In reading the article about teachers of the arts potentially not being hired back for the 2022-23 school year through the Montclair Public School system, I was deeply saddened.

The arts teach children so much, and to lose this type of teaching is detrimental to children and young people.

As an early childhood teacher and adult student of the cello, the richness of the lessons taught to children is beyond compare. For example, just the other day, my 4-year-olds and I were talking about the sound of a bell that had just rung and how long the sound lasted. I explained to them that I was learning a new piece of music, Bach’s Cello Suite No. 1 in G Major, and that I only had so much time to play a certain amount of sounds (or musical notes) in a given period of time; I had them listen to the beats counted out by a metronome.

This instruction is rich in ways that straight academics is not. It takes science and math at a sophisticated level and makes it accessible and concrete; and teaches how something, sound in this case, that most of us can access, is an amazing phenomenon.

In addition, with so many children struggling emotionally and socially, the arts give children a way to express themselves in a therapeutic way without “therapy” being the operative objective. It gives children the chance to explore their ideas, feelings, and thoughts in a creative, out of the box way, and hopefully feel proud of what they have done; as well as be recognized for the risk and the vulnerability they have shared with those around them.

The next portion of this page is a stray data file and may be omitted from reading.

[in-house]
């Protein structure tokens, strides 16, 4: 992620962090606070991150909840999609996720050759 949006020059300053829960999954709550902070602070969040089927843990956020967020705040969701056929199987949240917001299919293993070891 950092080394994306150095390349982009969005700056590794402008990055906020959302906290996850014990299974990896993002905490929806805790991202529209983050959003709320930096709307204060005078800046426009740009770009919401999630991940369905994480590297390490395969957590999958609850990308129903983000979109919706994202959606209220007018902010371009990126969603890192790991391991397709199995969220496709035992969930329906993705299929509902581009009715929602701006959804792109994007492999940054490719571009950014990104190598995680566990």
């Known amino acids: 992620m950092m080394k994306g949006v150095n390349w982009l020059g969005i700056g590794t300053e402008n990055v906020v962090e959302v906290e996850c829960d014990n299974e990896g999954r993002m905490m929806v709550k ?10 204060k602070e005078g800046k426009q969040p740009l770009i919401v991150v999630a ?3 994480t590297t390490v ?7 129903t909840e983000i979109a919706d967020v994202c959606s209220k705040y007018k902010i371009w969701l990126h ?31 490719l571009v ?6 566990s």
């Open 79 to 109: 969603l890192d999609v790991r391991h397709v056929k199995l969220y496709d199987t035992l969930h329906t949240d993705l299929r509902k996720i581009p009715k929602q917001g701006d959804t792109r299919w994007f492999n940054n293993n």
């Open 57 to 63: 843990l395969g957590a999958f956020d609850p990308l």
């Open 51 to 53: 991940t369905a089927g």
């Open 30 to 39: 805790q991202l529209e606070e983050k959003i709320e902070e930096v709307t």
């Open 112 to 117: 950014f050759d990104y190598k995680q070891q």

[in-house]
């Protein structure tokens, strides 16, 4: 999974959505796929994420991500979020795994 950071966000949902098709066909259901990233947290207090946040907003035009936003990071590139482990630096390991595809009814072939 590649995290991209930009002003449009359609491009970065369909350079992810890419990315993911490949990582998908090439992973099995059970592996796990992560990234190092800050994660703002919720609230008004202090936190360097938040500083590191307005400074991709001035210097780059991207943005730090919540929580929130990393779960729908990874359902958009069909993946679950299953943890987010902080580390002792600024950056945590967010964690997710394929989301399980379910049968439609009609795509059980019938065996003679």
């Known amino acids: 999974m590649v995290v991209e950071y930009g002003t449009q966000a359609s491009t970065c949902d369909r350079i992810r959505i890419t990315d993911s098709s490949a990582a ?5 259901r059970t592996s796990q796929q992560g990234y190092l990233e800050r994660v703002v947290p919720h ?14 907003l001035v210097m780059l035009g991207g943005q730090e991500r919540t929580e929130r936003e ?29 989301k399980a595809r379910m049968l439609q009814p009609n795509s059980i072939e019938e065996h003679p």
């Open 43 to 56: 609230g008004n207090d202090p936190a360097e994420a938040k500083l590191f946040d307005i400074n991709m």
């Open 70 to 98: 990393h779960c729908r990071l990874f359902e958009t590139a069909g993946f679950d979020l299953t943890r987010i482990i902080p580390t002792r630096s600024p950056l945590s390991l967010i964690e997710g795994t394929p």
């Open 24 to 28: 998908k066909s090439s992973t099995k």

And, finally, when you think about the greatest artists, such as a Michelangelo and/or Mstislav Rostropovich, the Russian cellist virtuoso, they bring to the world, to people as individuals and collectively, a sense of the magnificence of life, its potential and beauty. If we cut the arts, children won’t necessarily have the same access to such amazing artists and artistry, and potentially will lose an opportunity to create, to develop their own souls in a way that we all can benefit from and in a way that makes us remember how precious and magical life is.

Roberta Bernhard
Montclair


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